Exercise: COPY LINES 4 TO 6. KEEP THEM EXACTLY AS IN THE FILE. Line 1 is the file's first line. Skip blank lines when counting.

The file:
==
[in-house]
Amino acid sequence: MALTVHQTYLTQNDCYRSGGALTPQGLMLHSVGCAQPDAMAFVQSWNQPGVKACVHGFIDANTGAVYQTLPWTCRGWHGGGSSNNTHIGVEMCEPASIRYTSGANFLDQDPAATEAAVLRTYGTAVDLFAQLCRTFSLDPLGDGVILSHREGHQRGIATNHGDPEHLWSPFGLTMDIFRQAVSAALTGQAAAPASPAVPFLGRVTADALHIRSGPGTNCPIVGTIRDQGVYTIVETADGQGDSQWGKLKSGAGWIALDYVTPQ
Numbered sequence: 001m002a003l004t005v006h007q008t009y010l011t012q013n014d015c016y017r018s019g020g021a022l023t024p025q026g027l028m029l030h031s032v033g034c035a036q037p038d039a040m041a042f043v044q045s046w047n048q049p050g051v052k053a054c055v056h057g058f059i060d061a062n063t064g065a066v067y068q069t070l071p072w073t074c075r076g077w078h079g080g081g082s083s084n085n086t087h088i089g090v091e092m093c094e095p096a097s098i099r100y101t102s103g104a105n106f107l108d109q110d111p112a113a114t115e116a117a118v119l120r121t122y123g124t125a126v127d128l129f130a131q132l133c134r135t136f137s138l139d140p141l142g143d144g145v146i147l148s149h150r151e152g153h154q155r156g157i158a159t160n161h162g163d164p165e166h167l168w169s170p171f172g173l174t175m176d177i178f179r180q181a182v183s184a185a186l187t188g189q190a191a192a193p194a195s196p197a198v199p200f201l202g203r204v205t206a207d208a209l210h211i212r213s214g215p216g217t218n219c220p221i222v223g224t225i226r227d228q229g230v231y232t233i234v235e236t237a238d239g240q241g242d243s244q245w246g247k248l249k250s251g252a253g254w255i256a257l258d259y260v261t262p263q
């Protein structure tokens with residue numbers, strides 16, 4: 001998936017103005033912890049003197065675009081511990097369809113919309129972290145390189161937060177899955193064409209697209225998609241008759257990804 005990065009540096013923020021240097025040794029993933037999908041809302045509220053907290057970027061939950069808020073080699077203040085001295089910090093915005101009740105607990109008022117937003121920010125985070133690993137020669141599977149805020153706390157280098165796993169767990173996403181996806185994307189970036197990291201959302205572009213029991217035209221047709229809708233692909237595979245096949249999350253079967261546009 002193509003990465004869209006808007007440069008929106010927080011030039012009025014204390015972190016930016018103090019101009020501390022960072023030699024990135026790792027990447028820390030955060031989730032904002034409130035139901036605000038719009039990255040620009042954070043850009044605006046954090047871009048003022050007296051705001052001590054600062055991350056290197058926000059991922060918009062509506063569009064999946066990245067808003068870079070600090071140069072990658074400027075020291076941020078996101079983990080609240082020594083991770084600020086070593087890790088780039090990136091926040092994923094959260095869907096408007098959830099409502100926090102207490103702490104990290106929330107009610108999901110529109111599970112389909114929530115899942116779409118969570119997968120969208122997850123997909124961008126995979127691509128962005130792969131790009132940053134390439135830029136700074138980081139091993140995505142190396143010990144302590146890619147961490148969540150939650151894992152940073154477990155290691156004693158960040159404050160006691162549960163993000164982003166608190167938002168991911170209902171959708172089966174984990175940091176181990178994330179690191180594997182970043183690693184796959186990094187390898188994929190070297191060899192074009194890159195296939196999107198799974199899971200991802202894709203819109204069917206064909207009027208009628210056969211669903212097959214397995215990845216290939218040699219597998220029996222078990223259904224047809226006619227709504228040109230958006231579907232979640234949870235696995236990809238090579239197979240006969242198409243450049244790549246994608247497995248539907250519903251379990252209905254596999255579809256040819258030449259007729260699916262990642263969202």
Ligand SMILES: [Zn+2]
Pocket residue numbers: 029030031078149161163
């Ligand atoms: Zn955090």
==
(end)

């Protein structure tokens with residue numbers, strides 16, 4: 001998936017103005033912890049003197065675009081511990097369809113919309129972290145390189161937060177899955193064409209697209225998609241008759257990804 005990065009540096013923020021240097025040794029993933037999908041809302045509220053907290057970027061939950069808020073080699077203040085001295089910090093915005101009740105607990109008022117937003121920010125985070133690993137020669141599977149805020153706390157280098165796993169767990173996403181996806185994307189970036197990291201959302205572009213029991217035209221047709229809708233692909237595979245096949249999350253079967261546009 002193509003990465004869209006808007007440069008929106010927080011030039012009025014204390015972190016930016018103090019101009020501390022960072023030699024990135026790792027990447028820390030955060031989730032904002034409130035139901036605000038719009039990255040620009042954070043850009044605006046954090047871009048003022050007296051705001052001590054600062055991350056290197058926000059991922060918009062509506063569009064999946066990245067808003068870079070600090071140069072990658074400027075020291076941020078996101079983990080609240082020594083991770084600020086070593087890790088780039090990136091926040092994923094959260095869907096408007098959830099409502100926090102207490103702490104990290106929330107009610108999901110529109111599970112389909114929530115899942116779409118969570119997968120969208122997850123997909124961008126995979127691509128962005130792969131790009132940053134390439135830029136700074138980081139091993140995505142190396143010990144302590146890619147961490148969540150939650151894992152940073154477990155290691156004693158960040159404050160006691162549960163993000164982003166608190167938002168991911170209902171959708172089966174984990175940091176181990178994330179690191180594997182970043183690693184796959186990094187390898188994929190070297191060899192074009194890159195296939196999107198799974199899971200991802202894709203819109204069917206064909207009027208009628210056969211669903212097959214397995215990845216290939218040699219597998220029996222078990223259904224047809226006619227709504228040109230958006231579907232979640234949870235696995236990809238090579239197979240006969242198409243450049244790549246994608247497995248539907250519903251379990252209905254596999255579809256040819258030449259007729260699916262990642263969202």
Ligand SMILES: [Zn+2]
Pocket residue numbers: 029030031078149161163